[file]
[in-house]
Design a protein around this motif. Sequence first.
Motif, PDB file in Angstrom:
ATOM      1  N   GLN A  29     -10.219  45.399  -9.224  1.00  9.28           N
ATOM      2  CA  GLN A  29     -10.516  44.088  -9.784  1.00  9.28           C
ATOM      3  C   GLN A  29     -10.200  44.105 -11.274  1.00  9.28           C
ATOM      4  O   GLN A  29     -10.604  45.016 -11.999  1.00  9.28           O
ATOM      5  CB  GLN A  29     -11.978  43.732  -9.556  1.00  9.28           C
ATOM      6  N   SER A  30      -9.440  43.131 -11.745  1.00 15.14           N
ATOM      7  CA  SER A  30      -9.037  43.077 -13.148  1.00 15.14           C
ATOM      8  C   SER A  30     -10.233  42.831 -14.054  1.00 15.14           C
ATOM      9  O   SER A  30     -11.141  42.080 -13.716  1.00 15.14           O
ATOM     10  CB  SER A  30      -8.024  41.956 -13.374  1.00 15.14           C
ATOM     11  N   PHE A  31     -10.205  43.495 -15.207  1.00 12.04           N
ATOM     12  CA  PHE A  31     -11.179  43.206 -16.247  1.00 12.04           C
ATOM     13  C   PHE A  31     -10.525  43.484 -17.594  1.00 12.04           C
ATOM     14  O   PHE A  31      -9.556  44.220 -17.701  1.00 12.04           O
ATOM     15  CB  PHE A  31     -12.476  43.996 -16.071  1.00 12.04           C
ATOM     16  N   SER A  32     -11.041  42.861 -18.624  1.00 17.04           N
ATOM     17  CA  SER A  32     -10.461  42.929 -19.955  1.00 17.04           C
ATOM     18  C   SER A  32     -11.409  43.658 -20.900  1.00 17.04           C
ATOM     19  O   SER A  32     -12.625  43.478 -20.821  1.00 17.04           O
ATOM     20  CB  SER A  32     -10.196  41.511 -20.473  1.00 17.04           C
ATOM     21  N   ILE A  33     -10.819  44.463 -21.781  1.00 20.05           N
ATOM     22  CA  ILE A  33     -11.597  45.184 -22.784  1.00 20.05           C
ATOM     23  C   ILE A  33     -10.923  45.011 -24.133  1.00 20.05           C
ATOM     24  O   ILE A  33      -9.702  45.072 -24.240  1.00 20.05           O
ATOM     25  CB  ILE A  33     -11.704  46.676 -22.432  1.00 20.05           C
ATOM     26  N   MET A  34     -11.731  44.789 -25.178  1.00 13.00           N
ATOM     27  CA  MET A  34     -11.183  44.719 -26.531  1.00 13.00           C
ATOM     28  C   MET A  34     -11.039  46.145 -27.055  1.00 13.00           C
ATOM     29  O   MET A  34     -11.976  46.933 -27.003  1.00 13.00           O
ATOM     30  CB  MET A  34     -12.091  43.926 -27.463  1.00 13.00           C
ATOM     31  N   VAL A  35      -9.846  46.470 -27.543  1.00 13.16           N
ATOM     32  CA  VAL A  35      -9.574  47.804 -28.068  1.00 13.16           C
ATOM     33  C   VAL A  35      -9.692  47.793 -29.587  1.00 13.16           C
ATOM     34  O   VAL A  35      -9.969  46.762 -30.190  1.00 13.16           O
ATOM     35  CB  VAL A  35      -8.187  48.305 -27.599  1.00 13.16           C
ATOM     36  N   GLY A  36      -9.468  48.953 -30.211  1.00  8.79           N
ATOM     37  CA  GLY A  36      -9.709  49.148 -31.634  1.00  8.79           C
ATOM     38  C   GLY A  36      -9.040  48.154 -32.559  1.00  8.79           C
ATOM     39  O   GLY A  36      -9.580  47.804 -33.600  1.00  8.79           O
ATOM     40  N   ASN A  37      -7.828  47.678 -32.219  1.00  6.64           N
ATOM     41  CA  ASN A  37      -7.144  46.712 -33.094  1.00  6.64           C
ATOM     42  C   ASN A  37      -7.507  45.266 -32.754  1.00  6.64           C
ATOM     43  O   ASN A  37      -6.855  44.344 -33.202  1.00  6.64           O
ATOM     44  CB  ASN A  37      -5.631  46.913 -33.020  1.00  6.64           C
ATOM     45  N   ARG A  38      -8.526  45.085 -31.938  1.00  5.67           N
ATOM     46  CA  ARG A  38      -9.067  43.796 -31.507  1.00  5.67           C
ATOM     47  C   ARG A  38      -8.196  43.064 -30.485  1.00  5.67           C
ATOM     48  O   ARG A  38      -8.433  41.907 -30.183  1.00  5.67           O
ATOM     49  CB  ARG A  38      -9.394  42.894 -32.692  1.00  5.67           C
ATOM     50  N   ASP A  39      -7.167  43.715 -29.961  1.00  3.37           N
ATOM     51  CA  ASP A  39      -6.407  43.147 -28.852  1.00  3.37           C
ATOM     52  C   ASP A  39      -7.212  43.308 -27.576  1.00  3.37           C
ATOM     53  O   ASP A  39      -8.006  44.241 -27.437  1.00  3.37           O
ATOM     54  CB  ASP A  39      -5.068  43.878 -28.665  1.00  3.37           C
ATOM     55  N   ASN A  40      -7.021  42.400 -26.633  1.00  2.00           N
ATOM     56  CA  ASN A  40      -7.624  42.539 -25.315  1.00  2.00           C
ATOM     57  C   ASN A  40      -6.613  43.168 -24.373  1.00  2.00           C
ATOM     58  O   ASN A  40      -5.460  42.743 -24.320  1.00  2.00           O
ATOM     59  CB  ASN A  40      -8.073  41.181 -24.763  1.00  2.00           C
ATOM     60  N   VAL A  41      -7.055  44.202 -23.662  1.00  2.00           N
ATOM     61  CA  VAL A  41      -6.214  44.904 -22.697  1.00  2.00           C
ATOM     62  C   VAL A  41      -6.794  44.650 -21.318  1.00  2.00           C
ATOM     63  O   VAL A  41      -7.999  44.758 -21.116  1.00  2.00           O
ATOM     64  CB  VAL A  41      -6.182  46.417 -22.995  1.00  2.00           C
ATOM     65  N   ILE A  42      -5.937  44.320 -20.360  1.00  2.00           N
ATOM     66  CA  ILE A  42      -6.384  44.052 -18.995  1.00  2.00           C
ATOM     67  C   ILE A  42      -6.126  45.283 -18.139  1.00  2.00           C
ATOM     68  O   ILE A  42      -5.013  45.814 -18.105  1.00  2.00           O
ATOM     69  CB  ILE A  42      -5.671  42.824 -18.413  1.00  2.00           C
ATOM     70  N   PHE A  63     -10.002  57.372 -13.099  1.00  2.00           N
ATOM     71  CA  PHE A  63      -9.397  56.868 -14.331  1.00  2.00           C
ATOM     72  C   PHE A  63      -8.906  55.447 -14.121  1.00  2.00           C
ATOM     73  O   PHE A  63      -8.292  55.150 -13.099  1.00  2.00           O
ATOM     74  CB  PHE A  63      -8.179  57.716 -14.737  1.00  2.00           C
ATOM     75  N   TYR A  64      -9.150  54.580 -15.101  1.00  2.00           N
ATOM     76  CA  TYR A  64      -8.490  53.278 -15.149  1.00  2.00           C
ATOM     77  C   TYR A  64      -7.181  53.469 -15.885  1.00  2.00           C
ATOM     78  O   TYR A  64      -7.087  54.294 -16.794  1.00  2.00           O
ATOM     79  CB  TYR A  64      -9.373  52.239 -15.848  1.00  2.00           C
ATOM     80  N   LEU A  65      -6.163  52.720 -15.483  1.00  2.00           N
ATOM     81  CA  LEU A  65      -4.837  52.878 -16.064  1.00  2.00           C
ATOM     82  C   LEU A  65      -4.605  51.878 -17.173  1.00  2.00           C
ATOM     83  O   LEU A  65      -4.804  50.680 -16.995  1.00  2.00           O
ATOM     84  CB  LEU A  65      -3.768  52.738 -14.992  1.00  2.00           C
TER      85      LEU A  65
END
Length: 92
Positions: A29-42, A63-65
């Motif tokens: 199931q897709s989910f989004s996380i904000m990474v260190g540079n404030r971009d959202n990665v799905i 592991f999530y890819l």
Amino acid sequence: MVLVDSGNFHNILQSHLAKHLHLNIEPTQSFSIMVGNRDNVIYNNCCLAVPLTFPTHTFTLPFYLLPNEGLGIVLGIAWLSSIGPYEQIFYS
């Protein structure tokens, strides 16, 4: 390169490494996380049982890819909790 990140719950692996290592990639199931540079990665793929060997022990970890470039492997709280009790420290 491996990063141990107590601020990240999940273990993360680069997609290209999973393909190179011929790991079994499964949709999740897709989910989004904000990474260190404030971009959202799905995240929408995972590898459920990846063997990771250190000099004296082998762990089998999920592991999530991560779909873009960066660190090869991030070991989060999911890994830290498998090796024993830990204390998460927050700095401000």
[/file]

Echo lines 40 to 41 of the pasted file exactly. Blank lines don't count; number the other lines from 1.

ATOM     37  CA  GLY A  36      -9.709  49.148 -31.634  1.00  8.79           C
ATOM     38  C   GLY A  36      -9.040  48.154 -32.559  1.00  8.79           C